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J. Fungi 2016, 2(3), 20; https://doi.org/10.3390/jof2030020

Correction
Correction: Kwon-Chung, K.J. et al. Is Cryptococcus gattii a Primary Pathogen? J. Fungi 2015, 1, 154–167
1
Molecular Microbiology Section, Laboratory of Clinical Infectious Diseases, National Institutes of Allergy and Infectious Diseases, NIH, Bethesda, MD 20892, USA
2
Second Department of Internal Medicine, Nagasaki University Hospital, Sakamoto 1-7-1, Nagasaki-city 851-8501, Japan
*
Author to whom correspondence should be addressed.
Academic Editor: John R. Perfect
Received: 20 June 2016 / Accepted: 30 June 2016 / Published: 5 July 2016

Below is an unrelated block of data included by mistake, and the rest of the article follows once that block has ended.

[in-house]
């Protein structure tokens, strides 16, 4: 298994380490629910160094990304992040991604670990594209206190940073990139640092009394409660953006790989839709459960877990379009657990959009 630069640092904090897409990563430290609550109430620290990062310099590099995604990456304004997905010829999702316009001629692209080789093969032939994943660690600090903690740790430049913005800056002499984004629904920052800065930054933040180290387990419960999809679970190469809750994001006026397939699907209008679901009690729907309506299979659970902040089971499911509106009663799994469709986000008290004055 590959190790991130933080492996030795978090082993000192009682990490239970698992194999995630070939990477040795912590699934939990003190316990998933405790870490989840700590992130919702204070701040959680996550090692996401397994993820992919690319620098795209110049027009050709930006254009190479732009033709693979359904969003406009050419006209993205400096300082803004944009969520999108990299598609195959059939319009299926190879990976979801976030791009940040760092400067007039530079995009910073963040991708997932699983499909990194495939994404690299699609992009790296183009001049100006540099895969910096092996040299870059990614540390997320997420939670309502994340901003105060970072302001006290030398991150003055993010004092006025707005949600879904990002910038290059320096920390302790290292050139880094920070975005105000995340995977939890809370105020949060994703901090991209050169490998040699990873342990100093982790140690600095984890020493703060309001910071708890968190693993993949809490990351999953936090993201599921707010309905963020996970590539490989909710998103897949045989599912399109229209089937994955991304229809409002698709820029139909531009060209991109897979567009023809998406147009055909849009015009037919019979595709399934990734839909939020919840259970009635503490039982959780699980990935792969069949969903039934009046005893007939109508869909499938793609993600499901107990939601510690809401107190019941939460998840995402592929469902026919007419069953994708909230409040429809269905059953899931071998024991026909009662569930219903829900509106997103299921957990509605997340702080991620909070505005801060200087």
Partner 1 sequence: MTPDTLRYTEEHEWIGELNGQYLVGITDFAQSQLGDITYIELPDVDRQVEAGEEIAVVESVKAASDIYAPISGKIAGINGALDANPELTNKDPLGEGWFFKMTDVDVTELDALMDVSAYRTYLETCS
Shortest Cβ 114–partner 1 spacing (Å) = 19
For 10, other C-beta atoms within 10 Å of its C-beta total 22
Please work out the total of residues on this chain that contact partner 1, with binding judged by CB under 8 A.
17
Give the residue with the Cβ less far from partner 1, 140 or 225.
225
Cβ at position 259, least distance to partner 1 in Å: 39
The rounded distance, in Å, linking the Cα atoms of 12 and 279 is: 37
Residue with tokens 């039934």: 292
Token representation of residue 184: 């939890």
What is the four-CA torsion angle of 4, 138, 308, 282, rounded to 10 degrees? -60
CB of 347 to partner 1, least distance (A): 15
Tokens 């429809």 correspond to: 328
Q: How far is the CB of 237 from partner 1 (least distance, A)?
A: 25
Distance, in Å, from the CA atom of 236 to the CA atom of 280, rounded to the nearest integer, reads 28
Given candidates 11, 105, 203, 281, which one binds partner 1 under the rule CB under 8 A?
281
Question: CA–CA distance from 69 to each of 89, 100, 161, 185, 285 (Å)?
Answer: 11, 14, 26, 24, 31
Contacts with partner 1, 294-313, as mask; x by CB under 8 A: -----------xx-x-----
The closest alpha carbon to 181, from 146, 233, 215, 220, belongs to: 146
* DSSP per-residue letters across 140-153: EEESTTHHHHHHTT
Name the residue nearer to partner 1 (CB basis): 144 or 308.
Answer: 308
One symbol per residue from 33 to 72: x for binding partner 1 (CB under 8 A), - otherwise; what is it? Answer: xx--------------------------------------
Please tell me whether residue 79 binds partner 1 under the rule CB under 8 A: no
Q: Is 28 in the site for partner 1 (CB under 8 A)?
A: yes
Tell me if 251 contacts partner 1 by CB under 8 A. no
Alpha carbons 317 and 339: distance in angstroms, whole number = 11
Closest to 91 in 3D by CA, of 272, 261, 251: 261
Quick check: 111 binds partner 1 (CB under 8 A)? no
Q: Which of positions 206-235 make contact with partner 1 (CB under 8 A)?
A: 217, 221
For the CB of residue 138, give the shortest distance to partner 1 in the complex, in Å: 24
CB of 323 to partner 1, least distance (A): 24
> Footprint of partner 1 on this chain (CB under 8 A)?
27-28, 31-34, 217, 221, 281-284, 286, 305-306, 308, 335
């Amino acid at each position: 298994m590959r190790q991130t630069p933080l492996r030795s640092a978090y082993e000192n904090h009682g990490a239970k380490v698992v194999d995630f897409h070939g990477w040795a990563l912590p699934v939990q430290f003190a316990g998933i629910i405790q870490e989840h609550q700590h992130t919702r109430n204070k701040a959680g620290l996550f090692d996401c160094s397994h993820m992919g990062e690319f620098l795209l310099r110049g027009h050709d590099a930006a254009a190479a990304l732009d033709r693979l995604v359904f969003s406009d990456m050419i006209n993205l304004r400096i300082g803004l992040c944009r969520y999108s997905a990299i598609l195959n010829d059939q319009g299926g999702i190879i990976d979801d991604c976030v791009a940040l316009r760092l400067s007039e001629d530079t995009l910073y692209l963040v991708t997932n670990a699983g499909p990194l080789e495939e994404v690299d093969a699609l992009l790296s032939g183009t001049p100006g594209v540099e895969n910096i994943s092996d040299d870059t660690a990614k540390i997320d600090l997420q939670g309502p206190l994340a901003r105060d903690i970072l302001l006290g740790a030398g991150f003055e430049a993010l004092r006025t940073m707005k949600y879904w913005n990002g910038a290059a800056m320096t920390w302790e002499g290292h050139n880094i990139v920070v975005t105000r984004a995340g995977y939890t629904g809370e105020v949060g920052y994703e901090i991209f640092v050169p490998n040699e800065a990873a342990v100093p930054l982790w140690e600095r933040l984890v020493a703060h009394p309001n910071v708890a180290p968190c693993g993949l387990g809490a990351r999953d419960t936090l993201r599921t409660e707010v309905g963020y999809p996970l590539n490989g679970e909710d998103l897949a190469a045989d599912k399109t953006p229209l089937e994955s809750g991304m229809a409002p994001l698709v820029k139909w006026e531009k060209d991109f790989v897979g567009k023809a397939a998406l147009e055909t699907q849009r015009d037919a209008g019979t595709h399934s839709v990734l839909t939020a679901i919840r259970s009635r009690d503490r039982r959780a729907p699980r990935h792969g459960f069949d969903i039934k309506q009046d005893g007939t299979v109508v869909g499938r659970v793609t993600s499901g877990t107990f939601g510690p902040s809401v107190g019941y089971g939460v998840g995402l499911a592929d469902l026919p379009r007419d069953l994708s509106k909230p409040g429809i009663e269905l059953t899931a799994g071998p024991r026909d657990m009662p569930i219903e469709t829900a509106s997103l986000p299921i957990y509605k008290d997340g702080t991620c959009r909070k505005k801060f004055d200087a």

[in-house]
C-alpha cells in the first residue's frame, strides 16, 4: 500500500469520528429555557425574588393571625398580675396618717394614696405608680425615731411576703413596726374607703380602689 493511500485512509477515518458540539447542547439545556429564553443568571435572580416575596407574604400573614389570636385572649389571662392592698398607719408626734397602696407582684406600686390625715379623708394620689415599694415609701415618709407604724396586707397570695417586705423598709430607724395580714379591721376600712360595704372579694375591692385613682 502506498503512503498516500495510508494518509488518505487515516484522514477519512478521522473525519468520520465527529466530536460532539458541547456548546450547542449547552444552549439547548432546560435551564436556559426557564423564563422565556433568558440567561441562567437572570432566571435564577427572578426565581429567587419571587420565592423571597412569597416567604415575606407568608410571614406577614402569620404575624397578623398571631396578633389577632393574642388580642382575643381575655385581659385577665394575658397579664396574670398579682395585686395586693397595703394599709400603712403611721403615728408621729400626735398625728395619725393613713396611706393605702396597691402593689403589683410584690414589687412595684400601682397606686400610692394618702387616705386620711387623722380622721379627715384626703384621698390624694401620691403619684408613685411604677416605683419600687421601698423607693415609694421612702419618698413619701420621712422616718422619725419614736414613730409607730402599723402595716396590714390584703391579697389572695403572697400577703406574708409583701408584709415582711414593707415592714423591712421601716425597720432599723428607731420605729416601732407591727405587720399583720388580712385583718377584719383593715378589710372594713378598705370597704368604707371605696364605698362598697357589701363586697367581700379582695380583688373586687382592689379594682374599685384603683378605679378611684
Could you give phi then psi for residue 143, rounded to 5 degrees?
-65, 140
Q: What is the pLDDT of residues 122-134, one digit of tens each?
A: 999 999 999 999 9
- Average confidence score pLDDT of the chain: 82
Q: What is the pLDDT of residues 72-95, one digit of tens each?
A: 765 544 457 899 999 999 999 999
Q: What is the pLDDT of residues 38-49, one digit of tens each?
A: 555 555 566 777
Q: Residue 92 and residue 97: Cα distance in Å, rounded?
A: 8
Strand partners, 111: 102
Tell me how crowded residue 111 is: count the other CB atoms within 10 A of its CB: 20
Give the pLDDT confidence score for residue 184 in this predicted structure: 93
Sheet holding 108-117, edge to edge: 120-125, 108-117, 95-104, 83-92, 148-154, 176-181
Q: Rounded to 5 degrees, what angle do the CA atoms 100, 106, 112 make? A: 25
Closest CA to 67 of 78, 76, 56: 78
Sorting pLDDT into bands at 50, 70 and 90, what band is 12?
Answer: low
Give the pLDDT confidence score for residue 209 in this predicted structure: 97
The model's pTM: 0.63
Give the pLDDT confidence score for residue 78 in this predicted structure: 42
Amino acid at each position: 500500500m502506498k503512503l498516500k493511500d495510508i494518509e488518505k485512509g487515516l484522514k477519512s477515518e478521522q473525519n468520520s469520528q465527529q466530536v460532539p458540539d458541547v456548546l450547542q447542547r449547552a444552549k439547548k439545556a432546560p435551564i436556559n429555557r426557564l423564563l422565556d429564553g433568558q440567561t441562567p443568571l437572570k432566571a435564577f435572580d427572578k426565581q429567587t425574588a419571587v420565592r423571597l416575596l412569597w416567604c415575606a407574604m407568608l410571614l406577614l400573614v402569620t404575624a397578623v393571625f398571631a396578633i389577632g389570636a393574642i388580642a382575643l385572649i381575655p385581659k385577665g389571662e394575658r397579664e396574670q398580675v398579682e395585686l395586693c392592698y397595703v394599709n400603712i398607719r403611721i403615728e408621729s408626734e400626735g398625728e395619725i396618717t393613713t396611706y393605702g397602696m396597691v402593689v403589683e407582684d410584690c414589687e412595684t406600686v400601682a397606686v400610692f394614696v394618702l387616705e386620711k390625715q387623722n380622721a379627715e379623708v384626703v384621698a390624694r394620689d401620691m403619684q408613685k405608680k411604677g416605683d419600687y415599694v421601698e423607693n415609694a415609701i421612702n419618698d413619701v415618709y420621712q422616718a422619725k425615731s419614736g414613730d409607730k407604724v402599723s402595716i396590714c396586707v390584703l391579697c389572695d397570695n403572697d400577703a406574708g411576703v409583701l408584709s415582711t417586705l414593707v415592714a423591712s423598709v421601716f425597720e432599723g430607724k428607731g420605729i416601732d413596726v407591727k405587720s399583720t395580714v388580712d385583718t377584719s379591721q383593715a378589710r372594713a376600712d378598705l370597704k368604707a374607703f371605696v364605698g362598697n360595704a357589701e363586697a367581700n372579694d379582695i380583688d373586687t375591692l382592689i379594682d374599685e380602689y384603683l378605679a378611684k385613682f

The authors of the published paper [1] would like to correct Table 1. The third line in the first column should have been 20 (normal volunteers) and the etiologic agent in the second column should have been “None” instead of C. gattii, VGI. Therefore, Table 1 should read as follows:
We apologize for any inconvenience caused to readers.

Conflicts of Interest

The authors declare no conflict of interest.

Reference

  1. Kwon-Chung, K.J.; Saijo, T. Is Cryptococcus gattii a Primary Pathogen? J. Fungi 2015, 1, 154–167. [Google Scholar] [CrossRef]
Table 1. Detection of anti-GM-CSF autoantibodies in plasma from Chinese immunocompetent, otherwise healthy Cryptococcosis patients with CNS infection [26].
Table 1. Detection of anti-GM-CSF autoantibodies in plasma from Chinese immunocompetent, otherwise healthy Cryptococcosis patients with CNS infection [26].
No. Patient SamplesEtiologic AgentAnti-GM-CSF AB
20C. neoformans, VNl, VNlll0
1C. gattii, VGl1
20 (Normal volunteers)None1
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